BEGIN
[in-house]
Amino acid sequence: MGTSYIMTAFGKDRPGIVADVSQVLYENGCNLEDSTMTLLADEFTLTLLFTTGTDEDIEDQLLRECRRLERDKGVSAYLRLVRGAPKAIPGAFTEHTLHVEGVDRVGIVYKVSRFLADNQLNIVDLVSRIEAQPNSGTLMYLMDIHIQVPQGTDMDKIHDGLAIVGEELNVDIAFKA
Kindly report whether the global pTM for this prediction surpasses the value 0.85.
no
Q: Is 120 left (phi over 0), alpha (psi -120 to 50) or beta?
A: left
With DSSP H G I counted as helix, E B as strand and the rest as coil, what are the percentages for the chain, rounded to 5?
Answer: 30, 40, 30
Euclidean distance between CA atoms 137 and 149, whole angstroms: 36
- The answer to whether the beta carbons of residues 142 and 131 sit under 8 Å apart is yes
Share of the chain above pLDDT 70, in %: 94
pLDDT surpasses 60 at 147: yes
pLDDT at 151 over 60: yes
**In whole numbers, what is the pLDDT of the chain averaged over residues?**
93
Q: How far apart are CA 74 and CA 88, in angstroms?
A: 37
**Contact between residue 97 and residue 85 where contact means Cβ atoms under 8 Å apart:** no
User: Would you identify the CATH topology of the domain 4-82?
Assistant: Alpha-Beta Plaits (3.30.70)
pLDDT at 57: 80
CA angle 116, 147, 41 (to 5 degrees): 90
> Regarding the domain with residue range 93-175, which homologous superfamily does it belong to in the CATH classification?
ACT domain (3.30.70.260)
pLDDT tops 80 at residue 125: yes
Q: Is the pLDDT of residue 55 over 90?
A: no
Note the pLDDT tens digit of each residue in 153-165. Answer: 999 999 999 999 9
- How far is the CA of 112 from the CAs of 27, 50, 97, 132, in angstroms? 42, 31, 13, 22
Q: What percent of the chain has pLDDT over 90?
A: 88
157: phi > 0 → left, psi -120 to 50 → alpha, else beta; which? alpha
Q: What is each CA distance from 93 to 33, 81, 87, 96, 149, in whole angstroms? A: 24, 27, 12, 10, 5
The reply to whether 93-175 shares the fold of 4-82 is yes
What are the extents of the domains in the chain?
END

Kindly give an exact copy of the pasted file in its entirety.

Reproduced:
[in-house]
Amino acid sequence: MGTSYIMTAFGKDRPGIVADVSQVLYENGCNLEDSTMTLLADEFTLTLLFTTGTDEDIEDQLLRECRRLERDKGVSAYLRLVRGAPKAIPGAFTEHTLHVEGVDRVGIVYKVSRFLADNQLNIVDLVSRIEAQPNSGTLMYLMDIHIQVPQGTDMDKIHDGLAIVGEELNVDIAFKA
Kindly report whether the global pTM for this prediction surpasses the value 0.85.
no
Q: Is 120 left (phi over 0), alpha (psi -120 to 50) or beta?
A: left
With DSSP H G I counted as helix, E B as strand and the rest as coil, what are the percentages for the chain, rounded to 5?
Answer: 30, 40, 30
Euclidean distance between CA atoms 137 and 149, whole angstroms: 36
- The answer to whether the beta carbons of residues 142 and 131 sit under 8 Å apart is yes
Share of the chain above pLDDT 70, in %: 94
pLDDT surpasses 60 at 147: yes
pLDDT at 151 over 60: yes
**In whole numbers, what is the pLDDT of the chain averaged over residues?**
93
Q: How far apart are CA 74 and CA 88, in angstroms?
A: 37
**Contact between residue 97 and residue 85 where contact means Cβ atoms under 8 Å apart:** no
User: Would you identify the CATH topology of the domain 4-82?
Assistant: Alpha-Beta Plaits (3.30.70)
pLDDT at 57: 80
CA angle 116, 147, 41 (to 5 degrees): 90
> Regarding the domain with residue range 93-175, which homologous superfamily does it belong to in the CATH classification?
ACT domain (3.30.70.260)
pLDDT tops 80 at residue 125: yes
Q: Is the pLDDT of residue 55 over 90?
A: no
Note the pLDDT tens digit of each residue in 153-165. Answer: 999 999 999 999 9
- How far is the CA of 112 from the CAs of 27, 50, 97, 132, in angstroms? 42, 31, 13, 22
Q: What percent of the chain has pLDDT over 90?
A: 88
157: phi > 0 → left, psi -120 to 50 → alpha, else beta; which? alpha
Q: What is each CA distance from 93 to 33, 81, 87, 96, 149, in whole angstroms? A: 24, 27, 12, 10, 5
The reply to whether 93-175 shares the fold of 4-82 is yes
What are the extents of the domains in the chain?